Typical Joint Detailing of Steel Hollow Sections
Detailing of joints in steel structure is as much important as detailing of main structural members. Ultimately loads from structures are transferred to different structural members through joints.
So, a good detailing of joints in steel structure is required to make the structure safe for the given loads.
Here we will discuss about the types of joints commonly used for structural steel hollow sections. Hollow sections are of three types, Rectangular Hollow Sections (RHS) and Square Hollow Sections (SHS) and Circular Hollow Sections (CHS).
Types of Joints and Their Detailing for Steel Hollow Sections
Following are the joint details for structural steel hollow sections (RHS and SHS) commonly used:
1. K – Type Joints:
K – Type joints in steel structures are formed when the centroidal axis of horizontal member and two lateral bracings meet with the central axis of top chord. Following figure shows K-Type joint:
It should be ensured that the ends of hollow sections are always closed. If any ends of a hollow section does not get closed due to more width, then a plate is welded on that end so that the ends gets closed and also the connection with other members are made good by effective sealing of the members. This also prevents internal corrosion of the hollow sections.
K-type of joints in structural steel members is simplest and most economical.
2. Knee – Type Joint:
To increase the stability of connection between vertical and horizontal members of structure, knee-type joint is used.
In welded knee-joint, the top chord is directly welded to the main column and then a suitably cut haunch is welded to the vertical and as well as to the chord member for better stiffening. The knee-type joint is shown below:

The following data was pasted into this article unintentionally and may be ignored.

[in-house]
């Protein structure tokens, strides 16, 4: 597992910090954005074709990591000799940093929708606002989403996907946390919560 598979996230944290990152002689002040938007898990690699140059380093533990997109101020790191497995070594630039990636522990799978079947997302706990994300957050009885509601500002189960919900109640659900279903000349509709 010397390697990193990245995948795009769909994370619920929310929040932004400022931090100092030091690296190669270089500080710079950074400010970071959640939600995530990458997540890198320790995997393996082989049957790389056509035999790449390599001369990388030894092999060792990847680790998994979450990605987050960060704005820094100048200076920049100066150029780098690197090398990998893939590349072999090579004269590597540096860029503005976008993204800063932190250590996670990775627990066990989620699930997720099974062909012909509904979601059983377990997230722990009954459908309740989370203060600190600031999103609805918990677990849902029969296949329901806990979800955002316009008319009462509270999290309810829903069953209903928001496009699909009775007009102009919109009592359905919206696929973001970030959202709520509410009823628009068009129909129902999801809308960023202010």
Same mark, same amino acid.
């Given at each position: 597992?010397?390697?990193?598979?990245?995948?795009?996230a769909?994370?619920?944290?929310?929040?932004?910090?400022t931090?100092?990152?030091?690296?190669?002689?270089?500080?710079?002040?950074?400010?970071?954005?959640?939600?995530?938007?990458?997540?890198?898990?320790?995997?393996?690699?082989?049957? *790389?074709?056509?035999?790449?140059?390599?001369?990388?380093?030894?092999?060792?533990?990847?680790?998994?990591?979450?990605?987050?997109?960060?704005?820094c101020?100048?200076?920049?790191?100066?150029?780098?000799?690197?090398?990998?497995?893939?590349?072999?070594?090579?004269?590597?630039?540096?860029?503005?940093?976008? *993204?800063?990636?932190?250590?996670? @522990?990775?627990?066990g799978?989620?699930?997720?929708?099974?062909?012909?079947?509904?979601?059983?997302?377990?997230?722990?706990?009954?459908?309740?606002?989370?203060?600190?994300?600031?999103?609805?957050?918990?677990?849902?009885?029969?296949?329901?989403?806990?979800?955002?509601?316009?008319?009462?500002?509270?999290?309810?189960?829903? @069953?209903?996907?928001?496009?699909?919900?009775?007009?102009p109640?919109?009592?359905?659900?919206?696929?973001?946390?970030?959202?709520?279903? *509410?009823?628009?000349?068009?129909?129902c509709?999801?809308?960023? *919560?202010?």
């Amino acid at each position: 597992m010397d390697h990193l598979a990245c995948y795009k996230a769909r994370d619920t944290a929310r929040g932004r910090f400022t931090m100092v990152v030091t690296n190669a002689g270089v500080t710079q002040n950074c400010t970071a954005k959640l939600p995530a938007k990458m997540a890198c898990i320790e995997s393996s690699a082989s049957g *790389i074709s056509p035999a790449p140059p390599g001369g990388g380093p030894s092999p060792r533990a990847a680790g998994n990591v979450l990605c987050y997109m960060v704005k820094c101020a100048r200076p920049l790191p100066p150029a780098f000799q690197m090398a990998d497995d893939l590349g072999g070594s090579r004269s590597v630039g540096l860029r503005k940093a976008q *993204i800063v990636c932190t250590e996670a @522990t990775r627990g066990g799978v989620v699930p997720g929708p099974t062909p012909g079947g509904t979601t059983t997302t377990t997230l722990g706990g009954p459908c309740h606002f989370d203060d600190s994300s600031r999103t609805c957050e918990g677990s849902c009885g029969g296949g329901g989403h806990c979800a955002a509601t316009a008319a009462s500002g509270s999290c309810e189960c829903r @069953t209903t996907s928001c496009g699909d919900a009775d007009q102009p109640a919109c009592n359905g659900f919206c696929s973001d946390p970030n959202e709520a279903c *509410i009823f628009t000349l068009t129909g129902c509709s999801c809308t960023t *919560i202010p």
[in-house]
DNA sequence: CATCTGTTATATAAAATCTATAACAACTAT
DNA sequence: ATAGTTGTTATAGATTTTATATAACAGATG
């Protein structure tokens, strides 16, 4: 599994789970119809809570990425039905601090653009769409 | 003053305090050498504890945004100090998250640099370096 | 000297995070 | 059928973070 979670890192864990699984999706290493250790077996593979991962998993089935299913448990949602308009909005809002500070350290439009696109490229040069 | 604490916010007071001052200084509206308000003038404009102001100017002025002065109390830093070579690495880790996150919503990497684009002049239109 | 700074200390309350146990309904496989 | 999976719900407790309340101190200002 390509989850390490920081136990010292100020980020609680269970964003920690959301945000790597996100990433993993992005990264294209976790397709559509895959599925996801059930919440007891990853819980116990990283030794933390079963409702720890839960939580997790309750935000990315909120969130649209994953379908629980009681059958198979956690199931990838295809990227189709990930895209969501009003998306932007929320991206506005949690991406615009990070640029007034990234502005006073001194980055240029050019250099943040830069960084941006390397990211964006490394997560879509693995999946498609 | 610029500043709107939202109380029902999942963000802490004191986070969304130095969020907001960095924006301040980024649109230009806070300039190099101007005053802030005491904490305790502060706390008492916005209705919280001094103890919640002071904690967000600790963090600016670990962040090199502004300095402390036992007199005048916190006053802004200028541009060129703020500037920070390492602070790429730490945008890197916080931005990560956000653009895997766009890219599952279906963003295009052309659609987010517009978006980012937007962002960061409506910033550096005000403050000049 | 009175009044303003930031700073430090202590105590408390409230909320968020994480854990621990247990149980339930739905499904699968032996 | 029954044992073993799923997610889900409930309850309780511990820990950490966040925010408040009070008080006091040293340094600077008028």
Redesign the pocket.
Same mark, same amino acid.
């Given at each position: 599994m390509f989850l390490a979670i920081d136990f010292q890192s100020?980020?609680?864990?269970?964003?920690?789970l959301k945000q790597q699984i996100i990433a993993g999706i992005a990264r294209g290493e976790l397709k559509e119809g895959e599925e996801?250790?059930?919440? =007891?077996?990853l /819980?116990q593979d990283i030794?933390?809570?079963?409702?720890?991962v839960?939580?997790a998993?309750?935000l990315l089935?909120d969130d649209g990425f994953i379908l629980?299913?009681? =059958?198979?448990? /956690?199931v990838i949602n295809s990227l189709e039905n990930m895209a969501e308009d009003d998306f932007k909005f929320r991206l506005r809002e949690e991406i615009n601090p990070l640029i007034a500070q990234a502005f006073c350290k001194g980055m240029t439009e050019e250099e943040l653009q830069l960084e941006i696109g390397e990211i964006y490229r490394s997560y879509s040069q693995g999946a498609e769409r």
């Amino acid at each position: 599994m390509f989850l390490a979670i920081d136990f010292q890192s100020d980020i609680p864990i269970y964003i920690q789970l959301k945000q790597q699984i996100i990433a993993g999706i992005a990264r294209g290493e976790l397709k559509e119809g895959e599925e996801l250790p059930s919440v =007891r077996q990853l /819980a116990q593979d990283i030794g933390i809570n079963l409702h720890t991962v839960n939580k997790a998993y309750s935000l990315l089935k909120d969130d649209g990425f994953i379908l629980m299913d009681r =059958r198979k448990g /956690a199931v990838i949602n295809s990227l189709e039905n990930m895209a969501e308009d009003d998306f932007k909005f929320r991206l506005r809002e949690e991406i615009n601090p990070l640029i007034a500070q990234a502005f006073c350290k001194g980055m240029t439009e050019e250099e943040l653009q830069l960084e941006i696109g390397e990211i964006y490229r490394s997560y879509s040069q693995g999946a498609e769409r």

3. N – Type Joint:
N-type joint is formed as per the adopted configuration, for connecting web members to top and bottom chords. Typical details of one of the joints are given below:
i) In this joint, first the vertical member is put in place and directly welded to top and bottom chords.
ii) Afterwards, the other inclined diagonal member, with suitable double cuts at the ends, is directly welded to top and bottom chords and also to the vertical.
iii) These connections, of vertical and diagonal members to top and bottom chords directly, help in eliminating the gusset plates thus resulting in automatic sealing of member ends. Direct jointing, of vertical and diagonal members to top and bottom chords, eliminates gusset plates.
4. Gap Joint:
When two smaller sections are to be joined with a bigger section, a gap between two smaller sections remains. When the intersection of centroidal axes of two smaller size members lies in the centroidal axis of larger size member i.e. bottom boom of landing, this type of joint is formed.
Following figure shows Gap Joints Details:
In this arrangement, single cut bracings are directly welded to floor beam. This joint is used in the column bracings.
5. Overlap Joint:
This type of joint is used in elevation for connecting three smaller size members so that two members are in close touch with each other and also the intersection of their centroidal axes lies on the axis of third member.
Following figure shows typical details of Overlap Joints between hollow sections:
In this arrangement, both the diagonal bracing members have double cut at the ends and directly welded to horizontal bracings. This is a symmetrical layout.
6. Vierendeel Joint:
In this type of joint the vertical member is directly welded to the top chord by fillet weld. Following figure shows typical details of Vierendeel Joints between hollow sections:
In this type of Vierendeel joint the width of the vertical member is less than the chord members. This is a most suitable joint.